Ten-year-old Thuy (Pham Thi Han) works in a bamboo factory owned by her domineering and demanding uncle (Nguyen Hau). After he reprimands her once again for an error and calls her "useless," she picks up her meager belongings and heads to Saigon. Another girl tells her to try selling postcards to make some money for food. She is not very successful at this work. A young boy (Hoang Long) who promotes a soup café advises her to see a woman who runs a flower business. Soon Thuy is selling roses on the streets. A quick learner, she makes up stories about herself to increase sales.

Thuy meets Hai (Le The Lu), a handsome and shy zoo keeper and they quickly become friends. He is a poor young man who lives alone after following in his father's footsteps taking care of animals. Hai introduces Thuy to a baby elephant he has raised and who is about to be sold to a zoo in India. She identifies with this animal's plight. When Thuy meets the woman who jilted him just before a planned wedding, she is convinced that he is better off without her.

At the soup café, Thuy encounters Lan (Cat Ly), a beautiful and lonely flight attendant who is having an unsatisfying affair with a married pilot. She can't believe that Thuy is sleeping on the streets so she invites her to stay in her room with her. The little flower seller is deeply moved by her kindness and decides to play matchmaker by introducing her to Hai. Although they are worlds apart in terms of experience and class, they share a yearning for true and lasting love. Just when things are proceeding according to Thuy's plans, her uncle tracks her down in Saigon and compels her to return with him.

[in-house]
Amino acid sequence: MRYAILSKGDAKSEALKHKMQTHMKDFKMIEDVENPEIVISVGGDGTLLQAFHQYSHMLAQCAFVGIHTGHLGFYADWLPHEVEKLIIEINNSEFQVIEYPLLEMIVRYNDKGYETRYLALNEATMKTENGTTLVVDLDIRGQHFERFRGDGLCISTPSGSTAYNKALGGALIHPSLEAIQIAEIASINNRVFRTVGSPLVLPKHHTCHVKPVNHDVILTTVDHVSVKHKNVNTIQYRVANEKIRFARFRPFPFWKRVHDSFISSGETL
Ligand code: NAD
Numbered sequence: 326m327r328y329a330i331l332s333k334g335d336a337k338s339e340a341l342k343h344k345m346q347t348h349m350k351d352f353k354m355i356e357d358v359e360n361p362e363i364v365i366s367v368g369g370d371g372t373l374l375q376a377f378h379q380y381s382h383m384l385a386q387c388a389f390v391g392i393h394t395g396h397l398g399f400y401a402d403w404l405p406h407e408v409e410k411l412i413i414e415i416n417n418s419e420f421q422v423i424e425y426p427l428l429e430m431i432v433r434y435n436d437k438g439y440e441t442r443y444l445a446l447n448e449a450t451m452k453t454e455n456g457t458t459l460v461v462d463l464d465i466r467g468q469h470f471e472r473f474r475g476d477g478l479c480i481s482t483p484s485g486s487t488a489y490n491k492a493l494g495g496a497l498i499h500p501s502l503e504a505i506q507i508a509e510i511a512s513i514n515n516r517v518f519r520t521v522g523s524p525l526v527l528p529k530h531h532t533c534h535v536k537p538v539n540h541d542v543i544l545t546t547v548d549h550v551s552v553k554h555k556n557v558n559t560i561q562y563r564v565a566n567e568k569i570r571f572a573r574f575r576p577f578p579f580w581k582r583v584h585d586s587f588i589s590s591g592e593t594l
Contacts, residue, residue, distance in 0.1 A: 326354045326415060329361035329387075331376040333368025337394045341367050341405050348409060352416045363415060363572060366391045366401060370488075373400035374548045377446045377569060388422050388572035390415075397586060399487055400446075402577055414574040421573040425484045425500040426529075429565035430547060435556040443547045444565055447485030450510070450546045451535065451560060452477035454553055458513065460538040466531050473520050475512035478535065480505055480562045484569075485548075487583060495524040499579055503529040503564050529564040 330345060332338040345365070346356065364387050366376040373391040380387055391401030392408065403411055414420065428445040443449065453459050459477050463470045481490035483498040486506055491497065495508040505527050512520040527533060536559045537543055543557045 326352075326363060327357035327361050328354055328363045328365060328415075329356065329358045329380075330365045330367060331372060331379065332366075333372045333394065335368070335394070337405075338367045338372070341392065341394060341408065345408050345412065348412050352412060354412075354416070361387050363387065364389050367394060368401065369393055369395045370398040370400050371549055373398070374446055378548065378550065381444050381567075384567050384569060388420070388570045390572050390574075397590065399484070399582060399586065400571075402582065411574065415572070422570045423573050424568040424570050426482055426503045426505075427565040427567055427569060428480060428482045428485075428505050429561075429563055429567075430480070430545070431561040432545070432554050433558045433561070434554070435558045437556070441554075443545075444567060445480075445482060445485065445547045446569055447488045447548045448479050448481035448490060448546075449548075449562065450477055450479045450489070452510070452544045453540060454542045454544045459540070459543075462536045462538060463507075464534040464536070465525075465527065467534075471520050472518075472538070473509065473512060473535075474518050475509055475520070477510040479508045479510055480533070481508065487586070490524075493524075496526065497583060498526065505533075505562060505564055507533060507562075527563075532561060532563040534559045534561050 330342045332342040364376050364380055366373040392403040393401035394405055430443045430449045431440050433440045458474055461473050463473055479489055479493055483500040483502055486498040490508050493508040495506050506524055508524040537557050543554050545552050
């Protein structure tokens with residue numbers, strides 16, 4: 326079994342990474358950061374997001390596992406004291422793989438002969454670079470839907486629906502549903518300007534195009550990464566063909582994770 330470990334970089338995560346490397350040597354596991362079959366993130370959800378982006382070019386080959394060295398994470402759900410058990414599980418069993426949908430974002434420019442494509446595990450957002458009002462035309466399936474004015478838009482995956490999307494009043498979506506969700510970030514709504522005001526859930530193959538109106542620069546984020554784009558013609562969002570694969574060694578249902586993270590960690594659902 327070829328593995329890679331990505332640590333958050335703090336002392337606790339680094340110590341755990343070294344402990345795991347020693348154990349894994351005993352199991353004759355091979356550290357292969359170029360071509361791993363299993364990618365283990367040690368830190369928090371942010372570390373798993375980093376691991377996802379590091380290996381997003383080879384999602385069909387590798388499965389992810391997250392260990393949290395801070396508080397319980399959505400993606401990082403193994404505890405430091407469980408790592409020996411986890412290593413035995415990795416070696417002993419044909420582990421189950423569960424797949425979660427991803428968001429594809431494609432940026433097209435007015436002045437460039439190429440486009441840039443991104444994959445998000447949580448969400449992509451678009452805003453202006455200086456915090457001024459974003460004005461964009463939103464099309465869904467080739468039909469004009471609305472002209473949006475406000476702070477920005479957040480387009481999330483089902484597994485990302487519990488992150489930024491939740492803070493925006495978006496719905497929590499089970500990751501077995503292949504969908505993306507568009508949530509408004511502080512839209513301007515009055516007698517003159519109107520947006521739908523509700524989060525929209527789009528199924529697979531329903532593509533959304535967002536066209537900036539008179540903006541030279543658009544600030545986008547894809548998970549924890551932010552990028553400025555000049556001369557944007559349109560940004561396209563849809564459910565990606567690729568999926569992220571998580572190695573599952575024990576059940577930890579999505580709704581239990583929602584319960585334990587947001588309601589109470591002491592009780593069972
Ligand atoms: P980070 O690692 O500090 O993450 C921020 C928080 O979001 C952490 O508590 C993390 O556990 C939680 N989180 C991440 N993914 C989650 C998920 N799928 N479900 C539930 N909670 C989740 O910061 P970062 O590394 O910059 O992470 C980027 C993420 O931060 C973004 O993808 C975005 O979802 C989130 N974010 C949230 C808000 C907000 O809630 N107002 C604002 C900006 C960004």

Writer and director Stephane Gauger has fashioned a deeply moving drama with three characters we can all empathize with: the homeless girl with talent and spunk, the young woman isolated in her beauty, and a young man whose nurturing capacities are evident in his love for the animals under his care. Thuy has a yearning to be accepted for who she is and these two strangers help her with that goal. Gauger treats us to a gritty look at Saigon and the difficulties these three characters have surviving with dignity in the fast-paced and bustling urban setting.

As Hans Christian Anderson's Thumbelina says, "Nothing is impossible if you follow your heart." That is exactly what Thuy does and her reward is beyond what she ever imagined it could be.

Special features on the DVD include an audio commentary by director Stephane Gauger; a behind-the-scenes featurette; deleted scenes; and still galleries.